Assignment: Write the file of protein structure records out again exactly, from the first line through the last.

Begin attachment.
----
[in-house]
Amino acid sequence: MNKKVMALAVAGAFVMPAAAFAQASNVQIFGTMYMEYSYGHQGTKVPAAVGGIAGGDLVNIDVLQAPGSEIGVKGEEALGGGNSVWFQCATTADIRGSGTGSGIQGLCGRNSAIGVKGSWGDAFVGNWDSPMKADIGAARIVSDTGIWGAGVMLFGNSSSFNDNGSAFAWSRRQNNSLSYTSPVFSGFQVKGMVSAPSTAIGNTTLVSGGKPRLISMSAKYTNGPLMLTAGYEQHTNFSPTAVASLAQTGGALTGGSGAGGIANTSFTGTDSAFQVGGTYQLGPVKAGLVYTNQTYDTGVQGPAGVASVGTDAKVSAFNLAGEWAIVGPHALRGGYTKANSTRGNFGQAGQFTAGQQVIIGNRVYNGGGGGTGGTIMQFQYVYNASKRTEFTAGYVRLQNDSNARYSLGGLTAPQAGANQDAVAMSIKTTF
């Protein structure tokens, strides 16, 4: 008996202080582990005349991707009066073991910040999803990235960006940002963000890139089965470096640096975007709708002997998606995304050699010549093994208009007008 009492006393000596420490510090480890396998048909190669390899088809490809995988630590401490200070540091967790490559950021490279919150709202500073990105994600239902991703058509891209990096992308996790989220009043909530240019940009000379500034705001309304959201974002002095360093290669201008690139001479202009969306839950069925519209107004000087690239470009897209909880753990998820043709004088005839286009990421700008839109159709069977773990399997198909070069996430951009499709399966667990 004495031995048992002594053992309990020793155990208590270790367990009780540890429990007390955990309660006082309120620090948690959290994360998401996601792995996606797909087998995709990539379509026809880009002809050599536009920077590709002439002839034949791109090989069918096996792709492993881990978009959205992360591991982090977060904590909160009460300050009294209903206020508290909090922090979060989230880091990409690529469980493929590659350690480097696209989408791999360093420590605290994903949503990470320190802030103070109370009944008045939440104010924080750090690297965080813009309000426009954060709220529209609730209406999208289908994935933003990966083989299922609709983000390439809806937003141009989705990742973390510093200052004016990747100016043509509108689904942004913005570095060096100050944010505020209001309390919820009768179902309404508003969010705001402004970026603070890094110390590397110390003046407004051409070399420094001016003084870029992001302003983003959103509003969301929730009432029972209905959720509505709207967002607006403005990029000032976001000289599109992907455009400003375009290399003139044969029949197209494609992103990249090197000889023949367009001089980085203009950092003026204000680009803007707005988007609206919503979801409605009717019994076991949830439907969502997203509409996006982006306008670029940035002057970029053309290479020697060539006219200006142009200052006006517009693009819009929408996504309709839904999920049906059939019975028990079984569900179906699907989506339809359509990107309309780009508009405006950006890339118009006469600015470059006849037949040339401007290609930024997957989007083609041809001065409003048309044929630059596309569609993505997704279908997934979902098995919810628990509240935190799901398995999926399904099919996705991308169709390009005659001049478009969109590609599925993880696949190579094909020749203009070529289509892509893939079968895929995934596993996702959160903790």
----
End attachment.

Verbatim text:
[in-house]
Amino acid sequence: MNKKVMALAVAGAFVMPAAAFAQASNVQIFGTMYMEYSYGHQGTKVPAAVGGIAGGDLVNIDVLQAPGSEIGVKGEEALGGGNSVWFQCATTADIRGSGTGSGIQGLCGRNSAIGVKGSWGDAFVGNWDSPMKADIGAARIVSDTGIWGAGVMLFGNSSSFNDNGSAFAWSRRQNNSLSYTSPVFSGFQVKGMVSAPSTAIGNTTLVSGGKPRLISMSAKYTNGPLMLTAGYEQHTNFSPTAVASLAQTGGALTGGSGAGGIANTSFTGTDSAFQVGGTYQLGPVKAGLVYTNQTYDTGVQGPAGVASVGTDAKVSAFNLAGEWAIVGPHALRGGYTKANSTRGNFGQAGQFTAGQQVIIGNRVYNGGGGGTGGTIMQFQYVYNASKRTEFTAGYVRLQNDSNARYSLGGLTAPQAGANQDAVAMSIKTTF
């Protein structure tokens, strides 16, 4: 008996202080582990005349991707009066073991910040999803990235960006940002963000890139089965470096640096975007709708002997998606995304050699010549093994208009007008 009492006393000596420490510090480890396998048909190669390899088809490809995988630590401490200070540091967790490559950021490279919150709202500073990105994600239902991703058509891209990096992308996790989220009043909530240019940009000379500034705001309304959201974002002095360093290669201008690139001479202009969306839950069925519209107004000087690239470009897209909880753990998820043709004088005839286009990421700008839109159709069977773990399997198909070069996430951009499709399966667990 004495031995048992002594053992309990020793155990208590270790367990009780540890429990007390955990309660006082309120620090948690959290994360998401996601792995996606797909087998995709990539379509026809880009002809050599536009920077590709002439002839034949791109090989069918096996792709492993881990978009959205992360591991982090977060904590909160009460300050009294209903206020508290909090922090979060989230880091990409690529469980493929590659350690480097696209989408791999360093420590605290994903949503990470320190802030103070109370009944008045939440104010924080750090690297965080813009309000426009954060709220529209609730209406999208289908994935933003990966083989299922609709983000390439809806937003141009989705990742973390510093200052004016990747100016043509509108689904942004913005570095060096100050944010505020209001309390919820009768179902309404508003969010705001402004970026603070890094110390590397110390003046407004051409070399420094001016003084870029992001302003983003959103509003969301929730009432029972209905959720509505709207967002607006403005990029000032976001000289599109992907455009400003375009290399003139044969029949197209494609992103990249090197000889023949367009001089980085203009950092003026204000680009803007707005988007609206919503979801409605009717019994076991949830439907969502997203509409996006982006306008670029940035002057970029053309290479020697060539006219200006142009200052006006517009693009819009929408996504309709839904999920049906059939019975028990079984569900179906699907989506339809359509990107309309780009508009405006950006890339118009006469600015470059006849037949040339401007290609930024997957989007083609041809001065409003048309044929630059596309569609993505997704279908997934979902098995919810628990509240935190799901398995999926399904099919996705991308169709390009005659001049478009969109590609599925993880696949190579094909020749203009070529289509892509893939079968895929995934596993996702959160903790």